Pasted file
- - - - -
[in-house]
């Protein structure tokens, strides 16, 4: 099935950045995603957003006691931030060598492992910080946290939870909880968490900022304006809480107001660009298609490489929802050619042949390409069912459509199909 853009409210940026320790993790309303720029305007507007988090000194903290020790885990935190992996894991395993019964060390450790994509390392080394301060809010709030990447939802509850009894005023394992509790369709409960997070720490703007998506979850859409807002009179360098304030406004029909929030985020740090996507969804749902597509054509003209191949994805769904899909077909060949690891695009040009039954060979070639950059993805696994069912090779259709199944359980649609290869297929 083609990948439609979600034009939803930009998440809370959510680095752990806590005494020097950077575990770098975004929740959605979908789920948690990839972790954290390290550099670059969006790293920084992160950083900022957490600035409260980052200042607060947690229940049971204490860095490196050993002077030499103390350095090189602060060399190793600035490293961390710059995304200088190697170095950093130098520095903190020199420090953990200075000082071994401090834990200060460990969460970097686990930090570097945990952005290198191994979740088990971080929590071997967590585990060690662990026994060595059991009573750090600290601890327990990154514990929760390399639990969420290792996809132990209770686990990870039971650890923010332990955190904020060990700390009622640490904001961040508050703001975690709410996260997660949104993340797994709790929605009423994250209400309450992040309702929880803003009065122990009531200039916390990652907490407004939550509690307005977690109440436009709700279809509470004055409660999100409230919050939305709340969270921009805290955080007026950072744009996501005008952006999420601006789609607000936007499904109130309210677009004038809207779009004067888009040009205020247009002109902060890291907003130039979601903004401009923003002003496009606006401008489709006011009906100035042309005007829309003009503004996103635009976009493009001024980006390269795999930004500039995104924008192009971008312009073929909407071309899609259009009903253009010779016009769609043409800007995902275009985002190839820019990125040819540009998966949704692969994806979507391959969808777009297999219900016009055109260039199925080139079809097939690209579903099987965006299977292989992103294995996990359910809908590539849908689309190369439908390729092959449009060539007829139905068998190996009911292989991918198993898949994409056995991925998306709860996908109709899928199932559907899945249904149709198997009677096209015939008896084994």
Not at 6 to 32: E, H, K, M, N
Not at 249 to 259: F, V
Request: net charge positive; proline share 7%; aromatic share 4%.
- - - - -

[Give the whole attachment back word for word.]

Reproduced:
[in-house]
């Protein structure tokens, strides 16, 4: 099935950045995603957003006691931030060598492992910080946290939870909880968490900022304006809480107001660009298609490489929802050619042949390409069912459509199909 853009409210940026320790993790309303720029305007507007988090000194903290020790885990935190992996894991395993019964060390450790994509390392080394301060809010709030990447939802509850009894005023394992509790369709409960997070720490703007998506979850859409807002009179360098304030406004029909929030985020740090996507969804749902597509054509003209191949994805769904899909077909060949690891695009040009039954060979070639950059993805696994069912090779259709199944359980649609290869297929 083609990948439609979600034009939803930009998440809370959510680095752990806590005494020097950077575990770098975004929740959605979908789920948690990839972790954290390290550099670059969006790293920084992160950083900022957490600035409260980052200042607060947690229940049971204490860095490196050993002077030499103390350095090189602060060399190793600035490293961390710059995304200088190697170095950093130098520095903190020199420090953990200075000082071994401090834990200060460990969460970097686990930090570097945990952005290198191994979740088990971080929590071997967590585990060690662990026994060595059991009573750090600290601890327990990154514990929760390399639990969420290792996809132990209770686990990870039971650890923010332990955190904020060990700390009622640490904001961040508050703001975690709410996260997660949104993340797994709790929605009423994250209400309450992040309702929880803003009065122990009531200039916390990652907490407004939550509690307005977690109440436009709700279809509470004055409660999100409230919050939305709340969270921009805290955080007026950072744009996501005008952006999420601006789609607000936007499904109130309210677009004038809207779009004067888009040009205020247009002109902060890291907003130039979601903004401009923003002003496009606006401008489709006011009906100035042309005007829309003009503004996103635009976009493009001024980006390269795999930004500039995104924008192009971008312009073929909407071309899609259009009903253009010779016009769609043409800007995902275009985002190839820019990125040819540009998966949704692969994806979507391959969808777009297999219900016009055109260039199925080139079809097939690209579903099987965006299977292989992103294995996990359910809908590539849908689309190369439908390729092959449009060539007829139905068998190996009911292989991918198993898949994409056995991925998306709860996908109709899928199932559907899945249904149709198997009677096209015939008896084994």
Not at 6 to 32: E, H, K, M, N
Not at 249 to 259: F, V
Request: net charge positive; proline share 7%; aromatic share 4%.